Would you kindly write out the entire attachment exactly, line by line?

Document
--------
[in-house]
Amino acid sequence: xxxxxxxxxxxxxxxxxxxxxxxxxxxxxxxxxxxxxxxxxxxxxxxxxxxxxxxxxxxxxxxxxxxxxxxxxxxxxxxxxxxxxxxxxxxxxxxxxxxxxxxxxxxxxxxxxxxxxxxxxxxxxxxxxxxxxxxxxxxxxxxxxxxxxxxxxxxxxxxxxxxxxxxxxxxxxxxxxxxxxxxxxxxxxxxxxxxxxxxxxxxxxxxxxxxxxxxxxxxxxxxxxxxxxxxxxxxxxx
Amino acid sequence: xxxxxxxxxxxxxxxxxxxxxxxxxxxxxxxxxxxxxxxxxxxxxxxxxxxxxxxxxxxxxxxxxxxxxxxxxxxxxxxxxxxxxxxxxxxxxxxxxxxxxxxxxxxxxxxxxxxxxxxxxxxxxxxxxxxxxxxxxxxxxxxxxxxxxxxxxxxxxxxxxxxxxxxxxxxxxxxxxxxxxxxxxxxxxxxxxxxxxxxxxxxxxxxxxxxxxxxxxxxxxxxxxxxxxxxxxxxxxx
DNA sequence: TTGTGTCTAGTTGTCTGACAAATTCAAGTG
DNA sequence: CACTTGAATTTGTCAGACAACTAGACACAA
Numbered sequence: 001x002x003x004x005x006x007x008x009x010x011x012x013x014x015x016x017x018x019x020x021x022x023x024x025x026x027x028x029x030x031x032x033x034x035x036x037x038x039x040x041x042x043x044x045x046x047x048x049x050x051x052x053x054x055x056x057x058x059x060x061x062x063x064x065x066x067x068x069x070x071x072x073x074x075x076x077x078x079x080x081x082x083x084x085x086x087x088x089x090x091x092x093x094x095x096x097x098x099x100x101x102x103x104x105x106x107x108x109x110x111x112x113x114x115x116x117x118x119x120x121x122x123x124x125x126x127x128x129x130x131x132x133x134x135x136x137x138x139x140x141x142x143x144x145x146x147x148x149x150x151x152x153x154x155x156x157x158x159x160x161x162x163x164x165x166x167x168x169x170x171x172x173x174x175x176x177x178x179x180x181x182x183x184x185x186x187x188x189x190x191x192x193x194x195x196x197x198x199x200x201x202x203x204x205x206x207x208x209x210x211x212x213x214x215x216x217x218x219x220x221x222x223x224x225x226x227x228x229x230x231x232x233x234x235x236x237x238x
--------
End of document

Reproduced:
[in-house]
Amino acid sequence: xxxxxxxxxxxxxxxxxxxxxxxxxxxxxxxxxxxxxxxxxxxxxxxxxxxxxxxxxxxxxxxxxxxxxxxxxxxxxxxxxxxxxxxxxxxxxxxxxxxxxxxxxxxxxxxxxxxxxxxxxxxxxxxxxxxxxxxxxxxxxxxxxxxxxxxxxxxxxxxxxxxxxxxxxxxxxxxxxxxxxxxxxxxxxxxxxxxxxxxxxxxxxxxxxxxxxxxxxxxxxxxxxxxxxxxxxxxxxx
Amino acid sequence: xxxxxxxxxxxxxxxxxxxxxxxxxxxxxxxxxxxxxxxxxxxxxxxxxxxxxxxxxxxxxxxxxxxxxxxxxxxxxxxxxxxxxxxxxxxxxxxxxxxxxxxxxxxxxxxxxxxxxxxxxxxxxxxxxxxxxxxxxxxxxxxxxxxxxxxxxxxxxxxxxxxxxxxxxxxxxxxxxxxxxxxxxxxxxxxxxxxxxxxxxxxxxxxxxxxxxxxxxxxxxxxxxxxxxxxxxxxxxx
DNA sequence: TTGTGTCTAGTTGTCTGACAAATTCAAGTG
DNA sequence: CACTTGAATTTGTCAGACAACTAGACACAA
Numbered sequence: 001x002x003x004x005x006x007x008x009x010x011x012x013x014x015x016x017x018x019x020x021x022x023x024x025x026x027x028x029x030x031x032x033x034x035x036x037x038x039x040x041x042x043x044x045x046x047x048x049x050x051x052x053x054x055x056x057x058x059x060x061x062x063x064x065x066x067x068x069x070x071x072x073x074x075x076x077x078x079x080x081x082x083x084x085x086x087x088x089x090x091x092x093x094x095x096x097x098x099x100x101x102x103x104x105x106x107x108x109x110x111x112x113x114x115x116x117x118x119x120x121x122x123x124x125x126x127x128x129x130x131x132x133x134x135x136x137x138x139x140x141x142x143x144x145x146x147x148x149x150x151x152x153x154x155x156x157x158x159x160x161x162x163x164x165x166x167x168x169x170x171x172x173x174x175x176x177x178x179x180x181x182x183x184x185x186x187x188x189x190x191x192x193x194x195x196x197x198x199x200x201x202x203x204x205x206x207x208x209x210x211x212x213x214x215x216x217x218x219x220x221x222x223x224x225x226x227x228x229x230x231x232x233x234x235x236x237x238x